May/Jun 2011

Business Tech: Disaster Planning

It is human nature to want to avoid thinking about painful things. But when disaster strikes, not having any plans on how to react or recover can vastly limit our chances of survival — either personally or as a business. This article explores some of the issues of planning business survival after a catastrophe. If you are like most of us, you will find some things that had never occurred to you to think about.

2011 International Spectrum Conference Feedback

As we did last year, we decided it would be more interesting to you to hear what attendees at the conference had to say rather than what we thought of it. In these three interviews we hear the opinions of both seasoned MultiValue developers and a newcomer to our database.

Serious Data Compression for Network Transport in MultiValue Systems

With the cost of disk space continuing to fall, does anybody except the very largest shops worry about the cost of data storage anymore? Maybe yes, maybe no. It still depends on the circumstances. But although network bandwidth continues to increase, there is still a price to be paid — not just in gigabytes transmitted but also in things like the hidden cost of lost productivity due to network congestion. This article suggests some data compression options, and it includes ready-to-run source code in MultiValue Basic.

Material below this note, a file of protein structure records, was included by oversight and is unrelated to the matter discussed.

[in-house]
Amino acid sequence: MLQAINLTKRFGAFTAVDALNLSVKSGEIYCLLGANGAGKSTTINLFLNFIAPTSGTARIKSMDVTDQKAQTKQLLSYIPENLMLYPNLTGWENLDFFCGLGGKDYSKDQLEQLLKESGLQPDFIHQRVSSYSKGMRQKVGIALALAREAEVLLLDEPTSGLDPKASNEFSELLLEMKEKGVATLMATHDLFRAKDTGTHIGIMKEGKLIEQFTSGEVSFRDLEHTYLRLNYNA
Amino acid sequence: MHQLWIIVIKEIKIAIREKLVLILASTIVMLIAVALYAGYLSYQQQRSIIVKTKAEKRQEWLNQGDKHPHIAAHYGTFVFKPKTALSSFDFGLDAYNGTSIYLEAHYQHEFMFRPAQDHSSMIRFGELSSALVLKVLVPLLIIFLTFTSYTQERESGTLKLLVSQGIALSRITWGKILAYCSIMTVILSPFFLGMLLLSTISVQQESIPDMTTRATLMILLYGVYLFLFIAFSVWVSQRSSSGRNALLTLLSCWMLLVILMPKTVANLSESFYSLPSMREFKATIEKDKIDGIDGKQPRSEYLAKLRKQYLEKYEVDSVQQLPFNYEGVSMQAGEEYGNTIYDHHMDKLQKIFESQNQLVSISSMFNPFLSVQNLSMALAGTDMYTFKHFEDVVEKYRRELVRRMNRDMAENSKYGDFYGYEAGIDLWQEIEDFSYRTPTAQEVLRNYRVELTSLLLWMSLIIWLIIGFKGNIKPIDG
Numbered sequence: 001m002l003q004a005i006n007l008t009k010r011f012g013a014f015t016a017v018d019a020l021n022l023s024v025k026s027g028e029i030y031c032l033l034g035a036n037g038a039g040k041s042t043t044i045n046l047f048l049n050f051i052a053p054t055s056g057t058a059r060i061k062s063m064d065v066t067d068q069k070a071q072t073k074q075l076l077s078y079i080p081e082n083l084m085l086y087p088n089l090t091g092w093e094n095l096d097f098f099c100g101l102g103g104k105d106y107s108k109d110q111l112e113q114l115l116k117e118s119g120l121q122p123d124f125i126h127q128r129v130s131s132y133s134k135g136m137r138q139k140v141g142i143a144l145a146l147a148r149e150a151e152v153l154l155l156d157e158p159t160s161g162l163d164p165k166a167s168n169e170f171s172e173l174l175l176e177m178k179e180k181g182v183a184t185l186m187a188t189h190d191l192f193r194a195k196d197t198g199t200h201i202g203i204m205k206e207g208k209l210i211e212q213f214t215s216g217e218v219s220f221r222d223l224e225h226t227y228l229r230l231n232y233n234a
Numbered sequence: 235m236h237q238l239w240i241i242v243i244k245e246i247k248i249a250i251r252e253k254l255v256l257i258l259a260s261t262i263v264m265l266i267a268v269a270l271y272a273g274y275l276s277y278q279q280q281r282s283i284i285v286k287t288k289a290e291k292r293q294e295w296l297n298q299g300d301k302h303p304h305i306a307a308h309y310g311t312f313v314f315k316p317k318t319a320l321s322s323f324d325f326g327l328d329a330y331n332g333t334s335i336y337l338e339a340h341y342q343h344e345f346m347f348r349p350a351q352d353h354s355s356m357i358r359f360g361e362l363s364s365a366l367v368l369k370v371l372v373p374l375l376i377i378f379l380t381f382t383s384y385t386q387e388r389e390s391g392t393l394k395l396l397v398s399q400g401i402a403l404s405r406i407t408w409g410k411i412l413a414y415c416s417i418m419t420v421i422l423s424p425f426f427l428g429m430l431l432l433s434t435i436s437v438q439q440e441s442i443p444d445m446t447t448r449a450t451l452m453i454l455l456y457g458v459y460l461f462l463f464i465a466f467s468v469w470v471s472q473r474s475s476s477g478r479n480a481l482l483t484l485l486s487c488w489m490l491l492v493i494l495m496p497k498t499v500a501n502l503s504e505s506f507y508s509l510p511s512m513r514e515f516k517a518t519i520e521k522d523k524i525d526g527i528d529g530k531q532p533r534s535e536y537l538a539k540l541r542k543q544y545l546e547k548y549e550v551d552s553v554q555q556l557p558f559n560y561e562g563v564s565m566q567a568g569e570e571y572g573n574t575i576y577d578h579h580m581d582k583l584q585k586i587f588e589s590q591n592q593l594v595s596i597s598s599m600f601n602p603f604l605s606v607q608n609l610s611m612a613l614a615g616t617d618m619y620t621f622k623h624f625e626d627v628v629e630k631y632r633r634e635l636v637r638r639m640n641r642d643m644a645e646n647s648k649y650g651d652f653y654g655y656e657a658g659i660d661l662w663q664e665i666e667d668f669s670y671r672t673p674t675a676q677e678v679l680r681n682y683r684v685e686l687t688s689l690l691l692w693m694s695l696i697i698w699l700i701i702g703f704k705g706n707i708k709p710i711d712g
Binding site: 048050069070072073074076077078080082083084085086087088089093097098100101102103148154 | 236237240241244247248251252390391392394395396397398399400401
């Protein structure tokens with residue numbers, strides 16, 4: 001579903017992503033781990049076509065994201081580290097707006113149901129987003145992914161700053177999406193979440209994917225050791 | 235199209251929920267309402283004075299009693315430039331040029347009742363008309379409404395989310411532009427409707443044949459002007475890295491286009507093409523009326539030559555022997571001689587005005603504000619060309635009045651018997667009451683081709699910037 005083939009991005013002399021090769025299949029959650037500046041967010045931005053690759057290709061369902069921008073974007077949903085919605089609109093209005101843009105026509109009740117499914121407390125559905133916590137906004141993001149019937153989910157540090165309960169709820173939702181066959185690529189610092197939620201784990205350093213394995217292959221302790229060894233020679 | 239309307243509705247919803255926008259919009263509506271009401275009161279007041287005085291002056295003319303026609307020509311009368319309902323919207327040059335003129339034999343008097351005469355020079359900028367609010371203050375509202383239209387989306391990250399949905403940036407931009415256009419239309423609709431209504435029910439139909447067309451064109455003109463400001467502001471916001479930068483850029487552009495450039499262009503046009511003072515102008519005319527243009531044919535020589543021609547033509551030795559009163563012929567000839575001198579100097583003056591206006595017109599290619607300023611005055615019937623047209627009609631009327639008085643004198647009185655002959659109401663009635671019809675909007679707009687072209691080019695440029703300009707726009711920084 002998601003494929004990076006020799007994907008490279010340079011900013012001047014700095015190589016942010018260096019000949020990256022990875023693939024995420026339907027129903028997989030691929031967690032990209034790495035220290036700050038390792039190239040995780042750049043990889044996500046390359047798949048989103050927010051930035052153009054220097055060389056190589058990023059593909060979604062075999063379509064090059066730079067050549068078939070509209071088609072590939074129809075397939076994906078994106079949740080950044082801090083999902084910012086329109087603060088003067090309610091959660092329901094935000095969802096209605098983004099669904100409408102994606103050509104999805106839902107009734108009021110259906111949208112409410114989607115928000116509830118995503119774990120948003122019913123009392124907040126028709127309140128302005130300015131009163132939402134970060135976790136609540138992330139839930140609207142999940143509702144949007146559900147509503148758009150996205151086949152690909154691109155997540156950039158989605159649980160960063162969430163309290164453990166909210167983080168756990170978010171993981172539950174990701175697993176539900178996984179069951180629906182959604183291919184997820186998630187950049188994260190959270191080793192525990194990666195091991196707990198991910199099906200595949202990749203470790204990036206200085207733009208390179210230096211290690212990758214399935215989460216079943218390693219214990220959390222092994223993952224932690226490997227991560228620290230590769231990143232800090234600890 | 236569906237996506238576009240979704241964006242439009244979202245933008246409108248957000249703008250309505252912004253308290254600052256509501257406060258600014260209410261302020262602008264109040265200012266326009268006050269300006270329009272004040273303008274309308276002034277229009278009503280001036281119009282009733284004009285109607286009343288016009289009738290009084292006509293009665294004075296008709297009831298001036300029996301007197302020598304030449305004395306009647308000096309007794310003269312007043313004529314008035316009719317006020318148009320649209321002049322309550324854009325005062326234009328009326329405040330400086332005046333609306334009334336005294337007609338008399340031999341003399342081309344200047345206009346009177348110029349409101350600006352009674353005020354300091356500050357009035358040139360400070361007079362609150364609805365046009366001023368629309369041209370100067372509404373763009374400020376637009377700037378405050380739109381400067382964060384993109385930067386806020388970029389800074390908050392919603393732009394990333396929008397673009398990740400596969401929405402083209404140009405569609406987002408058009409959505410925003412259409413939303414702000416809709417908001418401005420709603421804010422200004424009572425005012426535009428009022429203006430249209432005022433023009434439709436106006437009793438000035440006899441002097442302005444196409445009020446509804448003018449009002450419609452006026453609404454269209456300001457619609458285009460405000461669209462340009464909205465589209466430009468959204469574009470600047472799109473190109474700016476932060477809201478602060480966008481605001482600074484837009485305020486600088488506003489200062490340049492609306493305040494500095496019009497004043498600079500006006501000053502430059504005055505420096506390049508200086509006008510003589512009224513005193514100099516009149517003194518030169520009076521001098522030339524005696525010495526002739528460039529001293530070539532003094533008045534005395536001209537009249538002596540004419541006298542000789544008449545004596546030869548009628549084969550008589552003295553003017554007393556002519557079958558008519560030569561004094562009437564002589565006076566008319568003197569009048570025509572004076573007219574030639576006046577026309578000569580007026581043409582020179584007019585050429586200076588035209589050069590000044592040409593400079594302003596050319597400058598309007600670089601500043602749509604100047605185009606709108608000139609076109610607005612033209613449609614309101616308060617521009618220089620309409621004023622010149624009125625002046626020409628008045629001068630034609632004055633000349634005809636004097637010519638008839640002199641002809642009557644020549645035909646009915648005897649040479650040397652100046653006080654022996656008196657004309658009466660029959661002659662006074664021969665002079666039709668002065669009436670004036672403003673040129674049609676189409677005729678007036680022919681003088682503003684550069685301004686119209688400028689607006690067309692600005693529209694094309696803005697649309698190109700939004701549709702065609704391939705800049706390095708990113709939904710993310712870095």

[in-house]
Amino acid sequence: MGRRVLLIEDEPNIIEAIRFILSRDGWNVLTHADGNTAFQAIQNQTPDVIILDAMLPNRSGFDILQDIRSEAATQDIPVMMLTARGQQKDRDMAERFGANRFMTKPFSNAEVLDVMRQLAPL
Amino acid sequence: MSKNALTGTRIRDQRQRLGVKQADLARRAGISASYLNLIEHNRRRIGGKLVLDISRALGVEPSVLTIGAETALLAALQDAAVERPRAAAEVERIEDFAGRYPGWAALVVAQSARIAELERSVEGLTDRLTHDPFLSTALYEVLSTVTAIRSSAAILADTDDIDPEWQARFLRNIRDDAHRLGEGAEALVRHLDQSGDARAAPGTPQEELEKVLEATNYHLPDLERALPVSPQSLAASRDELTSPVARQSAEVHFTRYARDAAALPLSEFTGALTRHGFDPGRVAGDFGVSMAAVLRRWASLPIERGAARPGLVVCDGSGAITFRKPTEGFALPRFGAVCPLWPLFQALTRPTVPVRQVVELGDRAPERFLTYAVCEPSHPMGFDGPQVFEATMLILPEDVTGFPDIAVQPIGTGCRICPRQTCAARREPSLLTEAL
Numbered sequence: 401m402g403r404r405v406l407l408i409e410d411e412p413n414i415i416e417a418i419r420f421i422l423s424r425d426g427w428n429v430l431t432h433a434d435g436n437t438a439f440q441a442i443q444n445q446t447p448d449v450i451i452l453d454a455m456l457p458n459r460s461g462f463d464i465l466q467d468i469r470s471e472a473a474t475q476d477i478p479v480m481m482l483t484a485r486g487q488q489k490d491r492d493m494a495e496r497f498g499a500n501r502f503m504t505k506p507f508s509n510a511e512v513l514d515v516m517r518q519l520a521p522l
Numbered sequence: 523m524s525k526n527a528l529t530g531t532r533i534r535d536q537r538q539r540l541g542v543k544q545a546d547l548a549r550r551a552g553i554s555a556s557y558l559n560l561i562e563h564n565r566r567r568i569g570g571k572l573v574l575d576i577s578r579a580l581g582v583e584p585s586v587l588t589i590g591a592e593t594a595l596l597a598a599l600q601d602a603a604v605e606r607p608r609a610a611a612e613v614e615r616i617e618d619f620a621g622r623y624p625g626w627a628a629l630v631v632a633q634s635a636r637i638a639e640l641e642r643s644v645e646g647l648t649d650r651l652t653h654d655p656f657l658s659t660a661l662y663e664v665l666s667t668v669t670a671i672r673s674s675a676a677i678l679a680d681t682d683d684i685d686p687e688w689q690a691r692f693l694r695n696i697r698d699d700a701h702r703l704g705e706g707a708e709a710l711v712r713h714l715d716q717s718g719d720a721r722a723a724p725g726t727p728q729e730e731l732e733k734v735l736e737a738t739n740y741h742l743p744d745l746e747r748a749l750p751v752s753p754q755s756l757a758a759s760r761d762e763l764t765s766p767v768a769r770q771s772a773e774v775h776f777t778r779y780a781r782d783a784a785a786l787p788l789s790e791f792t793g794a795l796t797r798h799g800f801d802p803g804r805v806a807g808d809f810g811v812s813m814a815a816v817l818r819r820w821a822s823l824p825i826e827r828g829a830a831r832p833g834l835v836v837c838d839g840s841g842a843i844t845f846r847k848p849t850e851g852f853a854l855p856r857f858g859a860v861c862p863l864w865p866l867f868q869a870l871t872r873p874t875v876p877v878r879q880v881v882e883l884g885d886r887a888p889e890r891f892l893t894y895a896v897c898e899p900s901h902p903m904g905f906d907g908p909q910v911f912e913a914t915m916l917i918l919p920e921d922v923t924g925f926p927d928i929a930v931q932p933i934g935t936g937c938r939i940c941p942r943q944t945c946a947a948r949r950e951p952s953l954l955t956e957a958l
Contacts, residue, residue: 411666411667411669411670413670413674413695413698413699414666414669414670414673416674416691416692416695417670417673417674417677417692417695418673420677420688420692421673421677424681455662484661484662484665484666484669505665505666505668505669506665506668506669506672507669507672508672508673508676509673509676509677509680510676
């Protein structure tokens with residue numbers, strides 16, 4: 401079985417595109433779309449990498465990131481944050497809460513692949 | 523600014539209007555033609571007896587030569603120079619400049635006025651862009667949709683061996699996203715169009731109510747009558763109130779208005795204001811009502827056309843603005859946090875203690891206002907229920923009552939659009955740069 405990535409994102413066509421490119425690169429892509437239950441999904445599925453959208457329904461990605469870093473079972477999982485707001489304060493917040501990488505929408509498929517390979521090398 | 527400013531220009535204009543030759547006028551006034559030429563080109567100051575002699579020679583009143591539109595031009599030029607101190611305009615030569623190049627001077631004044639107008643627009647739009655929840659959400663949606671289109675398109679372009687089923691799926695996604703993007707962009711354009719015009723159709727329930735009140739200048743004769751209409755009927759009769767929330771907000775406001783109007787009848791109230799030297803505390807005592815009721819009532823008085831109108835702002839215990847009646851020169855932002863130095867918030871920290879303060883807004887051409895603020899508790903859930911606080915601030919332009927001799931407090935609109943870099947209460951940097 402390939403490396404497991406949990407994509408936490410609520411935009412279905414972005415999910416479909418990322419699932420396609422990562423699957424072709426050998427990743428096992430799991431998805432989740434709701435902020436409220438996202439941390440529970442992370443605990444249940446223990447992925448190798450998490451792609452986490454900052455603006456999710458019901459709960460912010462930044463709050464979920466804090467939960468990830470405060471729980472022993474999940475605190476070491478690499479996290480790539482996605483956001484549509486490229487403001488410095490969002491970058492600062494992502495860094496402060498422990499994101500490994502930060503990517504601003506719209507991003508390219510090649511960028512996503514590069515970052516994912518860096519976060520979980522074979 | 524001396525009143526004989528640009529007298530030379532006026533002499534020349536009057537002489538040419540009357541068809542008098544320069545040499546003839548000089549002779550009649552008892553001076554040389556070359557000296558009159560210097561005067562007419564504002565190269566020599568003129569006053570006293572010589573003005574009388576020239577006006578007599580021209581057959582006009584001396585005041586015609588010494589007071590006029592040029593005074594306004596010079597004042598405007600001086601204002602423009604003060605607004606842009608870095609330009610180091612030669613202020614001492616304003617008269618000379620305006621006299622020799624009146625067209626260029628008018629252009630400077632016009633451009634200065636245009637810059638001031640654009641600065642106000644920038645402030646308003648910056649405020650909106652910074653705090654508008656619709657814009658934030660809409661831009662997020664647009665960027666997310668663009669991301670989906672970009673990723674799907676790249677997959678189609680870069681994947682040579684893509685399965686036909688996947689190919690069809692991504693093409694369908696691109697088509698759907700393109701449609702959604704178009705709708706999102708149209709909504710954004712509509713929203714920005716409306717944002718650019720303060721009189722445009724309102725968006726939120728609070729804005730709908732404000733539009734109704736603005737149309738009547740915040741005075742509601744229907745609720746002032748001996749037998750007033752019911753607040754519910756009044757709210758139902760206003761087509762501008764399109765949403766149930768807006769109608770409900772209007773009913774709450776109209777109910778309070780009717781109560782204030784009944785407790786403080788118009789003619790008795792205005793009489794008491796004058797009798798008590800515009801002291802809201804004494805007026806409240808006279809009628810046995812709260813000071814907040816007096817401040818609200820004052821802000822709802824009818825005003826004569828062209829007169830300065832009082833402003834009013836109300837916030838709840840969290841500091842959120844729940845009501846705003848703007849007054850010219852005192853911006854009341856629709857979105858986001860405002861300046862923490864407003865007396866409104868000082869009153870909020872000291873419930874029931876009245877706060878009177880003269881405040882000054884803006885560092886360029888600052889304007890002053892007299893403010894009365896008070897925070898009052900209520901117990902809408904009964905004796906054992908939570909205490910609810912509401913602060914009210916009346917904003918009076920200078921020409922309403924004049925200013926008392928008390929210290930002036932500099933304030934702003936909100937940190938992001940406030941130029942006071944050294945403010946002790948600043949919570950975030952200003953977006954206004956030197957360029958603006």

MultiValue and the Web: Step into the Future

If the idea that the green screen is dead and has been replaced by GUI is new to you, you must be reading International Spectrum magazine for the first time. Toss into that Ajax, Web 2.0, Cloud Computing, etc. and you have an entirely new set of customer expectations that you must meet in order to remain competitive in today’s modern technology world. This article introduces a new series and explains why and how it will explore this topic.

Sending E-mail from Your MultiValue Programs — Part 3: Sendmail

In the first two articles in this series, you learned how to construct an e-mail with the required header lines and a body. You were then introduced to SMTP using Microsoft’s Internet Information Server. Now we take a look at the granddaddy of Internet mail — the venerable Sendmail.

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